Mr. Schuester now announces the competition for this season’s round of sectionals. First we have the all-boys school choir, The Dalton Academy “Warblers”. Next is the “Hipsters” a group of elderly people going back to school for their GED’s. And of course we have missed Puck’s bitting wit as he suggests shattering a granny’s pelvis via good-luck slap to sabotage the group of grandparents.

In order to prepare for sectionals, Mr. Schu has given another girls vs. boys mash up challenge, and Schu reprimands Kurt for associating himself on the girl’s team once again. Colfer’s saddened face tells us something is up. I’m feeling a plot coming along! And if the kids can actually sing a song that’s not from a Halloween movie or a washed-up pop star tribute, we might be in for a treat!

Next we see Puck helping to push Artie around school, and we learn his artificial kindness is a way for him to stay out of juvenile hall, since he promised his probation officer he was helping the disabled. The one thing I noticed during this scene are Puck’s earrings. WHY? Since when were gauges ok, Mark? I know the bad-boy image is what is prescribed but I could have done without.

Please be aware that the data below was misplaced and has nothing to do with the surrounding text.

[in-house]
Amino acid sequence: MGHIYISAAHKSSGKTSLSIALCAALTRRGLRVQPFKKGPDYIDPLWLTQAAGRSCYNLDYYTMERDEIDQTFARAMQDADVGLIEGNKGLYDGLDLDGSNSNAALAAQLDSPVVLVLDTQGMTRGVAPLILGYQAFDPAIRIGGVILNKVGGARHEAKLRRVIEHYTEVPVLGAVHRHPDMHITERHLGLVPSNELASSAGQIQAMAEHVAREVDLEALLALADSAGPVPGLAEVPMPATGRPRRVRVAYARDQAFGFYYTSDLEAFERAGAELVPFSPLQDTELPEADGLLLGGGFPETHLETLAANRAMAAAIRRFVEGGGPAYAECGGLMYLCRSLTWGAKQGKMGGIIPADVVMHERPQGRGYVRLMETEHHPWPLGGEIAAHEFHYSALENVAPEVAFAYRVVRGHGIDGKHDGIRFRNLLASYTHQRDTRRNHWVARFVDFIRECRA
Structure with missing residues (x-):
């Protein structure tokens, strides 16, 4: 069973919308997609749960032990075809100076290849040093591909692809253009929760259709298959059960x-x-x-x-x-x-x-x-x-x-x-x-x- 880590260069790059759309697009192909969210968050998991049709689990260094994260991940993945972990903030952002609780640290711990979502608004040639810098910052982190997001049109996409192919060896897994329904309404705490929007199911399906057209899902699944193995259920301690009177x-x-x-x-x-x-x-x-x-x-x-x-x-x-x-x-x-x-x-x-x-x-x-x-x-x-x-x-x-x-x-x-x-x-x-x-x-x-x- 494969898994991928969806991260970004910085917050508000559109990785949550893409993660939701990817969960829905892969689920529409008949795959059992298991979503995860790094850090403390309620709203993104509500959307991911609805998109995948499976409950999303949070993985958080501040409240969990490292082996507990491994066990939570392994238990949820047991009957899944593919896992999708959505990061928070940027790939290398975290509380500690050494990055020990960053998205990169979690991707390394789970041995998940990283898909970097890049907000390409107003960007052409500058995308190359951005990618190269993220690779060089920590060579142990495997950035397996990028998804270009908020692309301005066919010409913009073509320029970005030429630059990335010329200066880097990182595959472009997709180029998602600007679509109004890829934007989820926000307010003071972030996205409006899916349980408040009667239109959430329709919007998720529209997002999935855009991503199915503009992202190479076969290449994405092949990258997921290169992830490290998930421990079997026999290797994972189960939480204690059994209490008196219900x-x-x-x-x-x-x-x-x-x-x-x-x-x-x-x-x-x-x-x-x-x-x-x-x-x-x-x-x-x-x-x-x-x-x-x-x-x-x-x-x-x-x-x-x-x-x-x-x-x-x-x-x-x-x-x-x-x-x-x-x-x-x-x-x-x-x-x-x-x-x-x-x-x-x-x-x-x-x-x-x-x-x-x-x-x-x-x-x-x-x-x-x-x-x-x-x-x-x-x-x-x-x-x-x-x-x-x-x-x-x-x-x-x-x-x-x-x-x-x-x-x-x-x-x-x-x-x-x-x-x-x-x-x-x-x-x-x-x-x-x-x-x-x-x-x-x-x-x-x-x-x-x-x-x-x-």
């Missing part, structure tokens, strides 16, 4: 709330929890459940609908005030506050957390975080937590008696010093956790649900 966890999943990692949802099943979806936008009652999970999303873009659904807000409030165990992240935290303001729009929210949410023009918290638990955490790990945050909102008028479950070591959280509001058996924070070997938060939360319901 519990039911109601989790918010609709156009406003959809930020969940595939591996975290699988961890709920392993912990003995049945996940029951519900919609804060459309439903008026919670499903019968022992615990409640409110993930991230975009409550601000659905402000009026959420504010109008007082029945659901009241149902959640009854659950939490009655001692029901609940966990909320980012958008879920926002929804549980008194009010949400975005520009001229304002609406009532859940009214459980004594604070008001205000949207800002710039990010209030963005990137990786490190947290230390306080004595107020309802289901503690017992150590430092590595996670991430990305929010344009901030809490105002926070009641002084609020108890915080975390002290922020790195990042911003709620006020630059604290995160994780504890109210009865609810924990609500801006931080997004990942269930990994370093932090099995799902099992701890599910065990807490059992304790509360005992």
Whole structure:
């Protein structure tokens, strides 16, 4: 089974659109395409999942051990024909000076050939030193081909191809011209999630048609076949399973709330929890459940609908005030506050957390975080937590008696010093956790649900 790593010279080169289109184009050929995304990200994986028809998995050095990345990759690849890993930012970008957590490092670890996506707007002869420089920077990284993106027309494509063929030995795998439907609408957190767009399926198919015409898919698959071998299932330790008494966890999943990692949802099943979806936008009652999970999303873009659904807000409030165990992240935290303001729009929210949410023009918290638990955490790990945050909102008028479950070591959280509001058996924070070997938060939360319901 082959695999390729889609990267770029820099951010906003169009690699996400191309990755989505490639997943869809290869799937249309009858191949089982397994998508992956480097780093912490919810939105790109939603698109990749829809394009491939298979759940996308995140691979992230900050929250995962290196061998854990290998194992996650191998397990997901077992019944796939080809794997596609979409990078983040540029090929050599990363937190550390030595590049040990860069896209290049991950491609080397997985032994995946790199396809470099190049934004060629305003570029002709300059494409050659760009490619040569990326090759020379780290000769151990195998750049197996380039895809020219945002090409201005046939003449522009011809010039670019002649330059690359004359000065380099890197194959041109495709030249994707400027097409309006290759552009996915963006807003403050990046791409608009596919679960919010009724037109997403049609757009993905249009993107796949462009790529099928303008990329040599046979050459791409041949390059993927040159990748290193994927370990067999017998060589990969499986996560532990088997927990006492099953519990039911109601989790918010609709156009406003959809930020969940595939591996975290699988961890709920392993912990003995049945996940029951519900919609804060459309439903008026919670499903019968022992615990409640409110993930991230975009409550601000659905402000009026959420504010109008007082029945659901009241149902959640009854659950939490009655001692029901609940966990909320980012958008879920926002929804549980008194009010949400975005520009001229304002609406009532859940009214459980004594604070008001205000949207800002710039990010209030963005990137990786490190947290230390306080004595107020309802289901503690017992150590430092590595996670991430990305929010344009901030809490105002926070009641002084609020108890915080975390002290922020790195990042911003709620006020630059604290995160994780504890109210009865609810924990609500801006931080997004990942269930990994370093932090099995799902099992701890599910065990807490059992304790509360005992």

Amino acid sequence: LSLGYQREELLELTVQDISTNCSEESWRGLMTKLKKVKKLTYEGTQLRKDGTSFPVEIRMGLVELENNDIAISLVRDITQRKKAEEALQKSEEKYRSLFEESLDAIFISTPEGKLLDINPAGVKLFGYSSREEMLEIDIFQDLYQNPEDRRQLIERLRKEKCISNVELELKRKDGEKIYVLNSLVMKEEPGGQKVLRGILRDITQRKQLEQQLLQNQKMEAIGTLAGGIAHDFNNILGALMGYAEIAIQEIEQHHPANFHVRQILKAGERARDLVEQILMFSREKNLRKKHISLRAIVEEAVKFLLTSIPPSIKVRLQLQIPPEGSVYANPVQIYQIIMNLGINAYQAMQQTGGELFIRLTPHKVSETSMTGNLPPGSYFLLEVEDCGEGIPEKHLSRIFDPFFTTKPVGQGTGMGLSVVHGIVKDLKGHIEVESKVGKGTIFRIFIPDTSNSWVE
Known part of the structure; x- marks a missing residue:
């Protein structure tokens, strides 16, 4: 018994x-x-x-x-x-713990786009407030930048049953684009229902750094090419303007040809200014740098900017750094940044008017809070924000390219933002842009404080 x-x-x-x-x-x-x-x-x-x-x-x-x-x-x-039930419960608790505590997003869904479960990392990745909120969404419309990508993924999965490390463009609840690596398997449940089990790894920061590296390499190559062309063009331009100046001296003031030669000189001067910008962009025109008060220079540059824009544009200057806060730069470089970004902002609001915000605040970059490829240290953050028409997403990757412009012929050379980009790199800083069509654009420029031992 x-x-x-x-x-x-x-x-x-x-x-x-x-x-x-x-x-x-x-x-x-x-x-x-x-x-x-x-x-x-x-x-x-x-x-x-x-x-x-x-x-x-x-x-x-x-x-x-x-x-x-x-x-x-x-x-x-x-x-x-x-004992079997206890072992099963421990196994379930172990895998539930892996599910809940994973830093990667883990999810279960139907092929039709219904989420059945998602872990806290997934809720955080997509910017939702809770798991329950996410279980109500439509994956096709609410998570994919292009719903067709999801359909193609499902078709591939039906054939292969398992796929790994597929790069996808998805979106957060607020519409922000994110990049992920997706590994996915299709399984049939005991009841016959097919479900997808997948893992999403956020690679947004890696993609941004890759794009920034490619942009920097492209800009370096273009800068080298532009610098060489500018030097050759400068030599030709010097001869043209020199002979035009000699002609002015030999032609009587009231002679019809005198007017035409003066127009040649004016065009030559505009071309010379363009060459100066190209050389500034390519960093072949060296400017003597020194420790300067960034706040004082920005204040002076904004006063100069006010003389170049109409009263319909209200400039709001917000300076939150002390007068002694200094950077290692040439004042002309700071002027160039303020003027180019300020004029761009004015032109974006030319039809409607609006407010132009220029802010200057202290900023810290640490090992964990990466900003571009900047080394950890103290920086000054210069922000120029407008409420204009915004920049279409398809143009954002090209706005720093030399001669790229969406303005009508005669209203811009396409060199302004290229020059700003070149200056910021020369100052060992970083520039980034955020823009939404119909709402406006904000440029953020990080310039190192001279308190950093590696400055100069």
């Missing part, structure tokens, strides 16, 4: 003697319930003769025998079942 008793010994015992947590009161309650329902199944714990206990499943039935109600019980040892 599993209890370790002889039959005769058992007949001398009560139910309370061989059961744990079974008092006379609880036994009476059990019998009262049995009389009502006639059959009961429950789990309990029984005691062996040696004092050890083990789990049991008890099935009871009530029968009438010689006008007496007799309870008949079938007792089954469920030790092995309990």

Anyways, the story continues with Kurt’s continual torment from football player Dave Karofsky. We all feel Kurt’s pain as he tries to stand up for himself, but his clever tongue is no match for the inner douchebag of the stereotypical ignorant jock. Mr. Schu’s attempt at comforting Kurt affirms viewer’s acknowledgement that he has been taking the bullying quite hard lately; he seems a different person. But after learning boys are doing typical girl songs and vise versa, and after being mocked during his meeting with the boys’ team, Kurt takes Puck’s pseudo-advice to go spy on the Warblers and visits the Dalton Academy.

Here, I have to say kudos to Glee for attempting such a controversial and prominent issue in American teens. Kurt’s representation of the struggle of homosexual teenagers is effortless and although at some times a little over-played, I commend the plot line for giving viewers something to anticipate for following episodes.

Now we jump to the steamy fireplace-set scene in which Sam and Quinn are at round two of tonsil-hockey. This scene is a little more classy than last episode’s rendition of “Toucha Toucha Toucha Touch Me” during the Rocky Horror tribute, where Emma and Schu were disrobing and gridin all up on each other (which I personally deemed soft core porn). As Sam is about to “overflow,” he creates a disturbing image of Coach Beiste in his mind. I mean Dot Jones in black lingerie chopping raw meat would repress anyone’s erection. However, the technique backfires as he whispers “Beast” when Quinn tries to be all Destiny’s Child and moans, “say my name.”